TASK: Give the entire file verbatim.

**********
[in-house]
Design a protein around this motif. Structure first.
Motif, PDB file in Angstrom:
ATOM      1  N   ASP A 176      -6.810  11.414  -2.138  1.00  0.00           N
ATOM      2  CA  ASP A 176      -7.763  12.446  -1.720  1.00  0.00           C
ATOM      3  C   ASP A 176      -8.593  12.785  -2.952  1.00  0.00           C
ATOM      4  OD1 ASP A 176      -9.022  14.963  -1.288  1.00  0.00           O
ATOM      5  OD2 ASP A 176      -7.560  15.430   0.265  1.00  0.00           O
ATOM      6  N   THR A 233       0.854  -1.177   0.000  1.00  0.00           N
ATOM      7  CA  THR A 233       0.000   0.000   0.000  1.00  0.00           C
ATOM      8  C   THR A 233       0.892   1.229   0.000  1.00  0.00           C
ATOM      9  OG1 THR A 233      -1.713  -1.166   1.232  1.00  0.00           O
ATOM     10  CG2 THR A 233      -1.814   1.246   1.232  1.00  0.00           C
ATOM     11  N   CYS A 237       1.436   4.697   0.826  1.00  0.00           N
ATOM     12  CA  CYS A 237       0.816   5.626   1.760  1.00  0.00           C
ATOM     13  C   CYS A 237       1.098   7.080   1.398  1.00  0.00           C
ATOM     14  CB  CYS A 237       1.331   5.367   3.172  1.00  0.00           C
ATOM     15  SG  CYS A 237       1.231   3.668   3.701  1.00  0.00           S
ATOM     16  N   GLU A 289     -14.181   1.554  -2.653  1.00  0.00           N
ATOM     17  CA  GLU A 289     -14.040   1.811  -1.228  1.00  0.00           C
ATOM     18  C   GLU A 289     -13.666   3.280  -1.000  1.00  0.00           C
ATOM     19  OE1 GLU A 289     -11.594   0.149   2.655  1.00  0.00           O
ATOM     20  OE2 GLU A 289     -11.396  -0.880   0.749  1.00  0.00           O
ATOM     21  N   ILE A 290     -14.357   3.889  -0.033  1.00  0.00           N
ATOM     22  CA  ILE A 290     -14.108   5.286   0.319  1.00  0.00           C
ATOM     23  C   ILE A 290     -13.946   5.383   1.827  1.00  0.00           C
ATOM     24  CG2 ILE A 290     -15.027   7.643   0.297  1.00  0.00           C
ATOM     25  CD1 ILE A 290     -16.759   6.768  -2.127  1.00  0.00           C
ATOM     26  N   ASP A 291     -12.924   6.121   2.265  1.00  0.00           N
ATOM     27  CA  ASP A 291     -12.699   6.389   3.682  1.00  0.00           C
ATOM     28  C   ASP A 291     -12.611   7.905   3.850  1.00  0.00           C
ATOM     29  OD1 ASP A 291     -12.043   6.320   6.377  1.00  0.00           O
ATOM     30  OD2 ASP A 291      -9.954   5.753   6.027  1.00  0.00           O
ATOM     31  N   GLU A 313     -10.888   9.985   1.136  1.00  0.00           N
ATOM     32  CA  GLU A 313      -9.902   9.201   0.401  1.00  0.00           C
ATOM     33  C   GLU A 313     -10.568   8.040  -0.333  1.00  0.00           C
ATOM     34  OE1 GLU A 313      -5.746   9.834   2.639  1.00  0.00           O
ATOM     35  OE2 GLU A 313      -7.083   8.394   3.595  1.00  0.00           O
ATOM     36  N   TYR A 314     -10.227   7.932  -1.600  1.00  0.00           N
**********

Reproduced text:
[in-house]
Design a protein around this motif. Structure first.
Motif, PDB file in Angstrom:
ATOM      1  N   ASP A 176      -6.810  11.414  -2.138  1.00  0.00           N
ATOM      2  CA  ASP A 176      -7.763  12.446  -1.720  1.00  0.00           C
ATOM      3  C   ASP A 176      -8.593  12.785  -2.952  1.00  0.00           C
ATOM      4  OD1 ASP A 176      -9.022  14.963  -1.288  1.00  0.00           O
ATOM      5  OD2 ASP A 176      -7.560  15.430   0.265  1.00  0.00           O
ATOM      6  N   THR A 233       0.854  -1.177   0.000  1.00  0.00           N
ATOM      7  CA  THR A 233       0.000   0.000   0.000  1.00  0.00           C
ATOM      8  C   THR A 233       0.892   1.229   0.000  1.00  0.00           C
ATOM      9  OG1 THR A 233      -1.713  -1.166   1.232  1.00  0.00           O
ATOM     10  CG2 THR A 233      -1.814   1.246   1.232  1.00  0.00           C
ATOM     11  N   CYS A 237       1.436   4.697   0.826  1.00  0.00           N
ATOM     12  CA  CYS A 237       0.816   5.626   1.760  1.00  0.00           C
ATOM     13  C   CYS A 237       1.098   7.080   1.398  1.00  0.00           C
ATOM     14  CB  CYS A 237       1.331   5.367   3.172  1.00  0.00           C
ATOM     15  SG  CYS A 237       1.231   3.668   3.701  1.00  0.00           S
ATOM     16  N   GLU A 289     -14.181   1.554  -2.653  1.00  0.00           N
ATOM     17  CA  GLU A 289     -14.040   1.811  -1.228  1.00  0.00           C
ATOM     18  C   GLU A 289     -13.666   3.280  -1.000  1.00  0.00           C
ATOM     19  OE1 GLU A 289     -11.594   0.149   2.655  1.00  0.00           O
ATOM     20  OE2 GLU A 289     -11.396  -0.880   0.749  1.00  0.00           O
ATOM     21  N   ILE A 290     -14.357   3.889  -0.033  1.00  0.00           N
ATOM     22  CA  ILE A 290     -14.108   5.286   0.319  1.00  0.00           C
ATOM     23  C   ILE A 290     -13.946   5.383   1.827  1.00  0.00           C
ATOM     24  CG2 ILE A 290     -15.027   7.643   0.297  1.00  0.00           C
ATOM     25  CD1 ILE A 290     -16.759   6.768  -2.127  1.00  0.00           C
ATOM     26  N   ASP A 291     -12.924   6.121   2.265  1.00  0.00           N
ATOM     27  CA  ASP A 291     -12.699   6.389   3.682  1.00  0.00           C
ATOM     28  C   ASP A 291     -12.611   7.905   3.850  1.00  0.00           C
ATOM     29  OD1 ASP A 291     -12.043   6.320   6.377  1.00  0.00           O
ATOM     30  OD2 ASP A 291      -9.954   5.753   6.027  1.00  0.00           O
ATOM     31  N   GLU A 313     -10.888   9.985   1.136  1.00  0.00           N
ATOM     32  CA  GLU A 313      -9.902   9.201   0.401  1.00  0.00           C
ATOM     33  C   GLU A 313     -10.568   8.040  -0.333  1.00  0.00           C
ATOM     34  OE1 GLU A 313      -5.746   9.834   2.639  1.00  0.00           O
ATOM     35  OE2 GLU A 313      -7.083   8.394   3.595  1.00  0.00           O
ATOM     36  N   TYR A 314     -10.227   7.932  -1.600  1.00  0.00           N